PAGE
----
The Mansion of Many Apartments: John Keats’s Metaphor for Life
“An extensive knowledge is needful to thinking people — it takes away the heat and fever.”
By Maria Popova
On May 3, 1818, John Keats — beloved poet, porridge-master, proponent of “negative capability” as the root of creativity — wrote to his friend John Hamilton Reynolds, an aspiring-poet-turned-lawyer, who would later introduce Keats to his future publisher. Found in Selected Letters of John Keats (public library), the long missive discusses the poetry of Wordsworth and Milton, ambling into a broader meditation on the meaning of life, which Keats explores through an unusual, poignant metaphor in the second half of the letter:
I compare human life to a large Mansion of Many Apartments, two of which I can only describe, the doors of the rest being as yet shut upon me — The first we step into we call the infant or thoughtless Chamber, in which we remain as long as we do not think — We remain there a long while, and notwithstanding the doors of the second Chamber remain wide open, showing a bright appearance, we care not to hasten to it; but are at length imperceptibly impelled by awakening of the thinking principle — within us — we no sooner get into the second Chamber, which I shall call the Chamber of Maiden-Thought, than we become intoxicated with the light and the atmosphere, we see nothing but pleasant wonders, and think of delaying there for ever in delight: However among the effects this breathing is father of is that tremendous one of sharpening one’s vision into the nature and heart of Man — of convincing one’s nerves that the World is full of misery and Heartbreak, Pain, sickness and oppression — whereby This Chamber of Maiden Thought becomes gradually darken’d and at the same time on all sides of it many doors are set open — but all dark — all leading to dark passages — We see not the balance of good and evil. We are in a Mist — We are now in that state — We feel the burden of the Mystery.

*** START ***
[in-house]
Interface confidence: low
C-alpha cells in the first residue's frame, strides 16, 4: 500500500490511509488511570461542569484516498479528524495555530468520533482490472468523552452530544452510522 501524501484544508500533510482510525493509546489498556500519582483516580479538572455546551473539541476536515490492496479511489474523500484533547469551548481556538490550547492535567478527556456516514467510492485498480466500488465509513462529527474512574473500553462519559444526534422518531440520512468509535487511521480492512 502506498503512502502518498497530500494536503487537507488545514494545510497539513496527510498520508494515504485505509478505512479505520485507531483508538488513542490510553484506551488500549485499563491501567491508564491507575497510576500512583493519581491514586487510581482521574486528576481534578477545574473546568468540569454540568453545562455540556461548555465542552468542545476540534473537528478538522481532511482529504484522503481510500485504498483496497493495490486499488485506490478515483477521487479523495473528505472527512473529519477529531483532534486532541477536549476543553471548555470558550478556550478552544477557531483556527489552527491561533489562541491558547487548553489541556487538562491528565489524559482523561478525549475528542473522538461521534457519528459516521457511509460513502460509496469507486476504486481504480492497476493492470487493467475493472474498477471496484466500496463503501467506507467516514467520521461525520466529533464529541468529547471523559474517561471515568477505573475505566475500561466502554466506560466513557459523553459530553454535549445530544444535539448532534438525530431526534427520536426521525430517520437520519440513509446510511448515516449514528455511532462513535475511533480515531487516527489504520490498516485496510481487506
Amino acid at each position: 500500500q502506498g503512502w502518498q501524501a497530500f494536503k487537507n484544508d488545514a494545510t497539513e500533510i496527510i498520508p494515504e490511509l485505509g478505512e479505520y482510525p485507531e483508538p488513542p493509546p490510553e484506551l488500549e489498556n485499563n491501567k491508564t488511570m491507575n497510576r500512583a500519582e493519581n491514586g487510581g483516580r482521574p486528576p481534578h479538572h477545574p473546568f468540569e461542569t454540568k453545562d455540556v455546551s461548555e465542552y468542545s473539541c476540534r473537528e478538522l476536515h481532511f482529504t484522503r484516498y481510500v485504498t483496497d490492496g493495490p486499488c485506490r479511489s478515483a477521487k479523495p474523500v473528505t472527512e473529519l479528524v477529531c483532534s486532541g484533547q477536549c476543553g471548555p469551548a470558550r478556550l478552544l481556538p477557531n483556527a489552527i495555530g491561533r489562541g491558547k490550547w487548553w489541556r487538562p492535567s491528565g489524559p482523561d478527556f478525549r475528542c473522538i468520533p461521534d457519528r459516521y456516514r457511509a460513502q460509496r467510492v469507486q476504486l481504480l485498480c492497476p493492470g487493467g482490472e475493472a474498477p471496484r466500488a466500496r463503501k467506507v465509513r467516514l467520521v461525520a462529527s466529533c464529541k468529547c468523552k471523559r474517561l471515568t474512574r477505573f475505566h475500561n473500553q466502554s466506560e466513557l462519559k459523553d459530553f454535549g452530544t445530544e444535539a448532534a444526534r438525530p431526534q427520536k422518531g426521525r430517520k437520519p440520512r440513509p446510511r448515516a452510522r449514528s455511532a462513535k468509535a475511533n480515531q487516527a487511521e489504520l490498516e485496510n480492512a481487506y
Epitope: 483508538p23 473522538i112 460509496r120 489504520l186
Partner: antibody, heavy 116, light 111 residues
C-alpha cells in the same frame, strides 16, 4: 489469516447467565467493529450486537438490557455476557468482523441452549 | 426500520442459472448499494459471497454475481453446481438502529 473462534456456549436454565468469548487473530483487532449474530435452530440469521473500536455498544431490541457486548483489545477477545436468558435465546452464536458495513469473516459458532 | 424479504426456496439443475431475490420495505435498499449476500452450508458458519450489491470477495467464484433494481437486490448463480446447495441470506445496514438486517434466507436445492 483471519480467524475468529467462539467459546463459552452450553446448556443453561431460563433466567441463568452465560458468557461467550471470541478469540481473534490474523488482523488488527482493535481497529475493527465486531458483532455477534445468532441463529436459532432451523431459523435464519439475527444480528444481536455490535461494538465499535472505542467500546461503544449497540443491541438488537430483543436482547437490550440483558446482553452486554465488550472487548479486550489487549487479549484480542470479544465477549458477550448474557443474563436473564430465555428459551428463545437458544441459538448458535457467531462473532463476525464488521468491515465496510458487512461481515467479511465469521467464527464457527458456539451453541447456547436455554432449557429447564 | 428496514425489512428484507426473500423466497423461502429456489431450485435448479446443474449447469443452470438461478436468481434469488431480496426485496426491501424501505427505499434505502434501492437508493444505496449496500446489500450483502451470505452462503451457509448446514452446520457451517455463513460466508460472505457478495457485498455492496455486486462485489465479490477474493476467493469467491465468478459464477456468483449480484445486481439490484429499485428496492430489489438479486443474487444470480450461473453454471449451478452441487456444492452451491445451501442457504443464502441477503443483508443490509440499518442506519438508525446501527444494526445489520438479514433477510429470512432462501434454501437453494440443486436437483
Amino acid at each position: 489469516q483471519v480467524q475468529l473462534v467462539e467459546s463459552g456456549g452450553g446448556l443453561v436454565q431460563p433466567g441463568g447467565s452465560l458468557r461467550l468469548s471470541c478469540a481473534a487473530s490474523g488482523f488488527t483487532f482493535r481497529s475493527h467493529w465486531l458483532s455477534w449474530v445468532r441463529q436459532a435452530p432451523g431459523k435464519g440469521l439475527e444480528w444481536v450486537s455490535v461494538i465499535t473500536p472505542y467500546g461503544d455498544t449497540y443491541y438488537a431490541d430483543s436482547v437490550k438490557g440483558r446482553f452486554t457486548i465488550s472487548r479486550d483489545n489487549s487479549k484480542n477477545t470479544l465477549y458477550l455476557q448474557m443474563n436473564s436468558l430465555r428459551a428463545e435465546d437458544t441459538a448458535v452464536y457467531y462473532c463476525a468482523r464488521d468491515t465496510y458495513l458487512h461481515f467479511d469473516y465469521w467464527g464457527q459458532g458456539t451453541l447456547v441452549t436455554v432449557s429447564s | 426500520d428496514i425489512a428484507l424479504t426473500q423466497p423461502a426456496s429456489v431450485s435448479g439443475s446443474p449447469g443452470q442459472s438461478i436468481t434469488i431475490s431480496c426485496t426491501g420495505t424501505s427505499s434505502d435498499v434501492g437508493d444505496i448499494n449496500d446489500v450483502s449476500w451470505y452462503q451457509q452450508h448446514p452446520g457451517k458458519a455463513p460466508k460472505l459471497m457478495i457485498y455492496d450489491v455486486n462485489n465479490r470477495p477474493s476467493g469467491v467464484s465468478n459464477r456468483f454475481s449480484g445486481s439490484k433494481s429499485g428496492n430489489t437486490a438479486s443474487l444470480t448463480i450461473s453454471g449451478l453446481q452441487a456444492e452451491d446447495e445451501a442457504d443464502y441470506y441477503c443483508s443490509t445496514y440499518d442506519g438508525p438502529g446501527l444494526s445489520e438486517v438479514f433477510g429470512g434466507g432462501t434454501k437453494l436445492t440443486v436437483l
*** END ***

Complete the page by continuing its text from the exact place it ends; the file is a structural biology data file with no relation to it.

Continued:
Earlier in the letter, Keats considers the role of knowledge in shaping our experience of life’s mystery:
Every department of knowledge we see excellent and calculated towards a great whole. … An extensive knowledge is needful to thinking people — it takes away the heat and fever; and helps, by widening speculation, to ease the Burden of the Mystery… The difference of high Sensations with and without knowledge appears to me this — in the latter case we are falling continually ten thousand fathoms deep and being blown up again without wings and with all [the] horror of a bare shouldered Creature — in the former case, our shoulders are fledge, and we go thro’ the same air and space without fear. This is running one’s rigs on the score of abstracted benefit — when we come to human Life and the affections it is impossible how a parallel of breast and head can be drawn…
Pair with other notable reflections on the meaning of life by Leo Tolstoy, Henry Miller, Anaïs Nin, and some of the twentieth century’s most celebrated luminaries.
Published May 3, 2013